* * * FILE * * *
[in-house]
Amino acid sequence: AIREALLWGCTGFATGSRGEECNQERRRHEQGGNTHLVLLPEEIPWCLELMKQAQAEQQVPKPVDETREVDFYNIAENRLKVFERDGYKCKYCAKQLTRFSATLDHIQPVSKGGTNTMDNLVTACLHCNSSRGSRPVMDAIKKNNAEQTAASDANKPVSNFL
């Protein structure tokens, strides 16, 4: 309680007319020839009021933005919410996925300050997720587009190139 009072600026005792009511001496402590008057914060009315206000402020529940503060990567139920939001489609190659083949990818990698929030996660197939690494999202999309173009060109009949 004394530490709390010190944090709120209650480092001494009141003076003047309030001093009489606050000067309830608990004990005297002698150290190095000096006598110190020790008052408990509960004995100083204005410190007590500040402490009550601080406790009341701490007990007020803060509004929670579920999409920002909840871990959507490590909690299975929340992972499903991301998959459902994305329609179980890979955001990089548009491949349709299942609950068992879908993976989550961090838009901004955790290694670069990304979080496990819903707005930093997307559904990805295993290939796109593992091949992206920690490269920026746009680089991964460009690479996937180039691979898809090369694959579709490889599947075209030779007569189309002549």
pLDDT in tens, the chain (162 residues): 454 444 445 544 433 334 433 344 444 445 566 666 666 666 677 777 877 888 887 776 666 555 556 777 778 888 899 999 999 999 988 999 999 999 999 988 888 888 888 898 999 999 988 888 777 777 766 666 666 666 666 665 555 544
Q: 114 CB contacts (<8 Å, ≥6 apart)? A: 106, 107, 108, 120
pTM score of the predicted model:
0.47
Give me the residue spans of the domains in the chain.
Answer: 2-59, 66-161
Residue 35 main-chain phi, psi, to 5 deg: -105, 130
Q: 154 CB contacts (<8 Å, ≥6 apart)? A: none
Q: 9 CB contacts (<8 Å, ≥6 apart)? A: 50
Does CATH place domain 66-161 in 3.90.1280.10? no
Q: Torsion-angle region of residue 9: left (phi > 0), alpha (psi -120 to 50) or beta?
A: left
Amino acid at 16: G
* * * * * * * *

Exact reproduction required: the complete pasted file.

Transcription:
[in-house]
Amino acid sequence: AIREALLWGCTGFATGSRGEECNQERRRHEQGGNTHLVLLPEEIPWCLELMKQAQAEQQVPKPVDETREVDFYNIAENRLKVFERDGYKCKYCAKQLTRFSATLDHIQPVSKGGTNTMDNLVTACLHCNSSRGSRPVMDAIKKNNAEQTAASDANKPVSNFL
């Protein structure tokens, strides 16, 4: 309680007319020839009021933005919410996925300050997720587009190139 009072600026005792009511001496402590008057914060009315206000402020529940503060990567139920939001489609190659083949990818990698929030996660197939690494999202999309173009060109009949 004394530490709390010190944090709120209650480092001494009141003076003047309030001093009489606050000067309830608990004990005297002698150290190095000096006598110190020790008052408990509960004995100083204005410190007590500040402490009550601080406790009341701490007990007020803060509004929670579920999409920002909840871990959507490590909690299975929340992972499903991301998959459902994305329609179980890979955001990089548009491949349709299942609950068992879908993976989550961090838009901004955790290694670069990304979080496990819903707005930093997307559904990805295993290939796109593992091949992206920690490269920026746009680089991964460009690479996937180039691979898809090369694959579709490889599947075209030779007569189309002549």
pLDDT in tens, the chain (162 residues): 454 444 445 544 433 334 433 344 444 445 566 666 666 666 677 777 877 888 887 776 666 555 556 777 778 888 899 999 999 999 988 999 999 999 999 988 888 888 888 898 999 999 988 888 777 777 766 666 666 666 666 665 555 544
Q: 114 CB contacts (<8 Å, ≥6 apart)? A: 106, 107, 108, 120
pTM score of the predicted model:
0.47
Give me the residue spans of the domains in the chain.
Answer: 2-59, 66-161
Residue 35 main-chain phi, psi, to 5 deg: -105, 130
Q: 154 CB contacts (<8 Å, ≥6 apart)? A: none
Q: 9 CB contacts (<8 Å, ≥6 apart)? A: 50
Does CATH place domain 66-161 in 3.90.1280.10? no
Q: Torsion-angle region of residue 9: left (phi > 0), alpha (psi -120 to 50) or beta?
A: left
Amino acid at 16: G